Fast and Furious: Wiretap documents confirm senior Justice officials knew about “gun walking”
It’s becoming increasingly clear why Attorney General Eric Holder is so reluctant to hand over subpoenaed documents to Congressional investigators. Today, House Oversight Committee chairman Darrell Issa (R-CA) wrote Holder to discuss some wiretaps related to Operation Fast and Furious, the deadly Obama Administration program that put American guns into the hands of Mexican cartel killers.
Holder has always maintained that he and his top deputies were unaware of the outrageous methods employed in Fast and Furious, which involved “walking” American guns across the border, ostensibly to trap cartel bigwigs with firearms charges. No serious effort was made to track the guns. They have a distressing tendency to turn up in close proximity to dead Mexican and American citizens, with hundreds of them still unaccounted for.
“In a May 15, 2012 letter,” Issa reminded Holder, “the Deputy Attorney General reiterated the Department’s position that the ‘inappropriate tactics used in Fast and Furious… were not initiated or authorized by Department leadership in Washington.’ We now know that statement is false.”
Issa knows this because his committee has obtained “copies of six wiretap applications in support of seven wire intercepts utilized during Fast and Furious.” These applications are sealed from public view by judicial order, but Issa’s committee has reviewed them, and found they “show immense detail about questionable investigative tactics was available to the senior officials who reviewed and authorized them.”
“The close involvement of these officials – much greater than previously known – is shocking,” Issa declares. The applications were approved under the authority of Lanny Breuer, Assistant Attorney General of the Criminal Division. Director of Enforcement Operations Paul M. O’Brien and lead Fast and Furious prosecutor Emory Hurley are addressed in memoranda attached to each application.
Issa says the wiretap applications contain a “remarkable level of detail” about the “objectionable tactics” involved in Operation Fast and Furious… which is a big problem for Attorney General Holder, because he has repeatedly stated, both verbally and in writing, that senior Justice officials were unaware of those objectionable tactics. Supposedly they knew there was an “Operation Fast and Furious” in progress, but they didn’t know it involved arming drug cartels with American guns. They probably thought it had something to do with Vin Diesel and muscle cars.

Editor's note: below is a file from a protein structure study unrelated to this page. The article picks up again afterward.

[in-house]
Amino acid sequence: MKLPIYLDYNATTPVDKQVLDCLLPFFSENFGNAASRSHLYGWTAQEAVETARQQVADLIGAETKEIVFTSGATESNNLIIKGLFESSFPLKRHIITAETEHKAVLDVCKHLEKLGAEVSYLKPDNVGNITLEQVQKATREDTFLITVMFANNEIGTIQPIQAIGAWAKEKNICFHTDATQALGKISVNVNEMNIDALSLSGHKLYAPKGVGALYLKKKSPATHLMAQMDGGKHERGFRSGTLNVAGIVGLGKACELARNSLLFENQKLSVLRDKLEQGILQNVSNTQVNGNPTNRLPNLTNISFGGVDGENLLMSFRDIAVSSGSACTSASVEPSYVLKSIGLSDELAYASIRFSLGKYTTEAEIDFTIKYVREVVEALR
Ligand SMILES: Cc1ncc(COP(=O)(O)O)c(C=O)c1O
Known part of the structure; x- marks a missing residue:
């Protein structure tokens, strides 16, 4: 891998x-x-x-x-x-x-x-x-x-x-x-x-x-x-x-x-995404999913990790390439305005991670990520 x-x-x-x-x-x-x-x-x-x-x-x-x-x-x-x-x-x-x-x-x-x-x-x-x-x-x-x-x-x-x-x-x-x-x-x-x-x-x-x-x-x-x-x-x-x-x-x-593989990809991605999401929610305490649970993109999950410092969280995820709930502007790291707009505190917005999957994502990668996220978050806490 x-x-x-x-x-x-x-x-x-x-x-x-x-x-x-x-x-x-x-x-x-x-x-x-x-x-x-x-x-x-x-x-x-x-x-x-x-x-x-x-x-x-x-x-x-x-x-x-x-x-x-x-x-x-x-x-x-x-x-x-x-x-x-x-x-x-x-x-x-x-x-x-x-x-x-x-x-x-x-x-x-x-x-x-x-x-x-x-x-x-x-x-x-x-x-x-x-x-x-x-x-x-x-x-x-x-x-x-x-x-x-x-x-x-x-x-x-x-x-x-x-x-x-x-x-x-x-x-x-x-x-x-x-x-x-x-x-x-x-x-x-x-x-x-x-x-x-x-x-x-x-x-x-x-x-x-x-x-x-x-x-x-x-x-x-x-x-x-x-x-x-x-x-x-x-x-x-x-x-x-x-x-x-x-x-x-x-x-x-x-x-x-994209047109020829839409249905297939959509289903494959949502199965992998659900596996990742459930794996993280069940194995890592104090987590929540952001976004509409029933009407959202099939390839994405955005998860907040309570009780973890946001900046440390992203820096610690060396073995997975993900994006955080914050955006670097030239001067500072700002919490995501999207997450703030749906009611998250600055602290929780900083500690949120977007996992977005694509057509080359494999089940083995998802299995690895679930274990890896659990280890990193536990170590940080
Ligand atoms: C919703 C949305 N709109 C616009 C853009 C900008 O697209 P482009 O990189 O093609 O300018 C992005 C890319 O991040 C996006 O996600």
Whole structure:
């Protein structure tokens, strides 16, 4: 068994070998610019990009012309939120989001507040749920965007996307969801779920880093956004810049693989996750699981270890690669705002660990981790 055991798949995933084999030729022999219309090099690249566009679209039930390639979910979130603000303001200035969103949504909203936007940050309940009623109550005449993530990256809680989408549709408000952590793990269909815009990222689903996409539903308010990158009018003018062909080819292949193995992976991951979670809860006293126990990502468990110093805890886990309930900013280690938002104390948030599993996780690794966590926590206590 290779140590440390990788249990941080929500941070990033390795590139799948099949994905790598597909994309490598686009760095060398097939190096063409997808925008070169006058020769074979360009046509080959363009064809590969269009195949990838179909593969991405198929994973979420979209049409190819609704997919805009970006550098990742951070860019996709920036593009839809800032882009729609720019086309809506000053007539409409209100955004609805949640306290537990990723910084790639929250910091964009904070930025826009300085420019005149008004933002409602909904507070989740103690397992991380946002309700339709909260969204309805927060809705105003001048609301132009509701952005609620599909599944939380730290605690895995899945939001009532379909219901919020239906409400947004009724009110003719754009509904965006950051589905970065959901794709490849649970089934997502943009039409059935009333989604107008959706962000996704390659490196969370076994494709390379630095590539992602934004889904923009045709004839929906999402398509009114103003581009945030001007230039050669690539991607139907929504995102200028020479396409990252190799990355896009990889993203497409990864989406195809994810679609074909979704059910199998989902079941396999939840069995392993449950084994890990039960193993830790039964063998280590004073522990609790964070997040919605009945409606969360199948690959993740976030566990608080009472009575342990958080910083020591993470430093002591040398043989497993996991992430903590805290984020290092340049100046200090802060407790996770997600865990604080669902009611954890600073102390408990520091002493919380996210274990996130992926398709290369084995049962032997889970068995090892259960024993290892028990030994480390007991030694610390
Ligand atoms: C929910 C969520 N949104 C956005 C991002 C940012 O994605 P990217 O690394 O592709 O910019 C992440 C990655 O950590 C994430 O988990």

In fact, Issa recalls that Holder very specifically stated, in November 2011 congressional testimony, that he would be “surprised if the tactics themselves about gun walking were actually contained in those [wiretap applications}. I have not seen them, but I would be surprised if that were the case.”
Holder will have to shore up his long-standing “incompetence” defense, in which he deflects perjury charges by claiming he’s not very good at his job, doesn’t read his emails, and isn’t really sure what his subordinates are up to. Issa’s letter asserts that “even a perfunctory review of the wiretap applications amply demonstrates the immense detail documenting gun walking tactics that should have prompted senior officials in the Criminal Division to shut down the program immediately.”
Although Issa is not at liberty to discuss precise details of the sealed wiretap applications with the public, he reports that the broad outlines of Fast and Furious are clearly visible within the long-suppressed documents. A rather simple gun-buying ring, involving several straw buyers and a lone mastermind, was gobbling up hundreds of guns. “People who had no steady source of income were purchasing large volumes of expensive weapons and paying exclusively in cash,” as Issa puts it. The ATF and DEA knew where the guns were headed. Both ATF agents and supervisors were uncomfortable with how Operation Fast and Furious was going.
“Yet, when presented with this same information – the large volume of high powered weapons, short time-to-crime, repeated straw purchasing, and the termination of surveillance – Department leadership simply rubber-stamped the operation and authorized its unacceptable tactics,” the House Oversight chairman writes. “After having reviewed these applications, we now understand why the Department has been resisting our efforts to secure full cooperation and compliance with the subpoena.”
Issa is not reticent about accusing Holder of deliberately misleading his committee, and he declares it will no longer be possible for the Attorney General to maintain a screen of deniability around his top officials. “It is time for you to honor your commitment to Congress and the American people by holding these individuals accountable,” his letter to Holder concludes.
Holder continues to stare down contempt of Congress charges, as the clock runs out on the Obama Administration. He’s due to testify before the House Judiciary Committee later this week. It should be an interesting hearing.